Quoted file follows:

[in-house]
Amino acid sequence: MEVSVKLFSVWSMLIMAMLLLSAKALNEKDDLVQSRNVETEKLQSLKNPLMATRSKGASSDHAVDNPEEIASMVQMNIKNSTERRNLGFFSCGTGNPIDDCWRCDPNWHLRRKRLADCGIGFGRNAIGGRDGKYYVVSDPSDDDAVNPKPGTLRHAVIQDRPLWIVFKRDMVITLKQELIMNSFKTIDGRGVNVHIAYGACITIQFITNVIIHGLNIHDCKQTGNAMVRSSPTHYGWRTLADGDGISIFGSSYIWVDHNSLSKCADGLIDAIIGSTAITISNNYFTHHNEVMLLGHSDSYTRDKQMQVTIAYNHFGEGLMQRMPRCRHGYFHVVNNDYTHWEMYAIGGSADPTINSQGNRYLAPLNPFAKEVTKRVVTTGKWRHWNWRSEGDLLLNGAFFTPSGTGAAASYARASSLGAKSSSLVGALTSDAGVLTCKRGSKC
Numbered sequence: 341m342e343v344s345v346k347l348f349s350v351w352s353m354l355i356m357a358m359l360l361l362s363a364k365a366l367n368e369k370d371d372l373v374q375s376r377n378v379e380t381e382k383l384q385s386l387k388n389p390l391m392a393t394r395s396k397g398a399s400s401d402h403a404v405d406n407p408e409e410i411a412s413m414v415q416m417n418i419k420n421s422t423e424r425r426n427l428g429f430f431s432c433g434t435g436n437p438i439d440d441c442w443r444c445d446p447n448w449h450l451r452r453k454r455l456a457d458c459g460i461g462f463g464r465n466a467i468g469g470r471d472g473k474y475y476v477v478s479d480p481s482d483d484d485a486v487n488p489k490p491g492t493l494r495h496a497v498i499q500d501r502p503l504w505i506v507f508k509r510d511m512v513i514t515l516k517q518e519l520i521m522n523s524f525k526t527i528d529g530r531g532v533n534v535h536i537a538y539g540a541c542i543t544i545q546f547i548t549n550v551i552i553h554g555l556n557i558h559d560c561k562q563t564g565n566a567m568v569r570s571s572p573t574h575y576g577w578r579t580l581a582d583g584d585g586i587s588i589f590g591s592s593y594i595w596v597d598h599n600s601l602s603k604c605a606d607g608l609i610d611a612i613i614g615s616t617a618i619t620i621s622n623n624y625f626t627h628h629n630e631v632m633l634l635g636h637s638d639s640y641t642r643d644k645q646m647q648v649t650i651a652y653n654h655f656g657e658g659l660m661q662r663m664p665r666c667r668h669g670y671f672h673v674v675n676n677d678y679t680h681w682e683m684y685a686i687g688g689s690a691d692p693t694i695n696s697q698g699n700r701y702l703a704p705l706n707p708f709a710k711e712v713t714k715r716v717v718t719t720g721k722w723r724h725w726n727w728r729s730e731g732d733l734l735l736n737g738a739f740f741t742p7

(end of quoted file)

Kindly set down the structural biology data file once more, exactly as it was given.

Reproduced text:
[in-house]
Amino acid sequence: MEVSVKLFSVWSMLIMAMLLLSAKALNEKDDLVQSRNVETEKLQSLKNPLMATRSKGASSDHAVDNPEEIASMVQMNIKNSTERRNLGFFSCGTGNPIDDCWRCDPNWHLRRKRLADCGIGFGRNAIGGRDGKYYVVSDPSDDDAVNPKPGTLRHAVIQDRPLWIVFKRDMVITLKQELIMNSFKTIDGRGVNVHIAYGACITIQFITNVIIHGLNIHDCKQTGNAMVRSSPTHYGWRTLADGDGISIFGSSYIWVDHNSLSKCADGLIDAIIGSTAITISNNYFTHHNEVMLLGHSDSYTRDKQMQVTIAYNHFGEGLMQRMPRCRHGYFHVVNNDYTHWEMYAIGGSADPTINSQGNRYLAPLNPFAKEVTKRVVTTGKWRHWNWRSEGDLLLNGAFFTPSGTGAAASYARASSLGAKSSSLVGALTSDAGVLTCKRGSKC
Numbered sequence: 341m342e343v344s345v346k347l348f349s350v351w352s353m354l355i356m357a358m359l360l361l362s363a364k365a366l367n368e369k370d371d372l373v374q375s376r377n378v379e380t381e382k383l384q385s386l387k388n389p390l391m392a393t394r395s396k397g398a399s400s401d402h403a404v405d406n407p408e409e410i411a412s413m414v415q416m417n418i419k420n421s422t423e424r425r426n427l428g429f430f431s432c433g434t435g436n437p438i439d440d441c442w443r444c445d446p447n448w449h450l451r452r453k454r455l456a457d458c459g460i461g462f463g464r465n466a467i468g469g470r471d472g473k474y475y476v477v478s479d480p481s482d483d484d485a486v487n488p489k490p491g492t493l494r495h496a497v498i499q500d501r502p503l504w505i506v507f508k509r510d511m512v513i514t515l516k517q518e519l520i521m522n523s524f525k526t527i528d529g530r531g532v533n534v535h536i537a538y539g540a541c542i543t544i545q546f547i548t549n550v551i552i553h554g555l556n557i558h559d560c561k562q563t564g565n566a567m568v569r570s571s572p573t574h575y576g577w578r579t580l581a582d583g584d585g586i587s588i589f590g591s592s593y594i595w596v597d598h599n600s601l602s603k604c605a606d607g608l609i610d611a612i613i614g615s616t617a618i619t620i621s622n623n624y625f626t627h628h629n630e631v632m633l634l635g636h637s638d639s640y641t642r643d644k645q646m647q648v649t650i651a652y653n654h655f656g657e658g659l660m661q662r663m664p665r666c667r668h669g670y671f672h673v674v675n676n677d678y679t680h681w682e683m684y685a686i687g688g689s690a691d692p693t694i695n696s697q698g699n700r701y702l703a704p705l706n707p708f709a710k711e712v713t714k715r716v717v718t719t720g721k722w723r724h725w726n727w728r729s730e731g732d733l734l735l736n737g738a739f740f741t742p7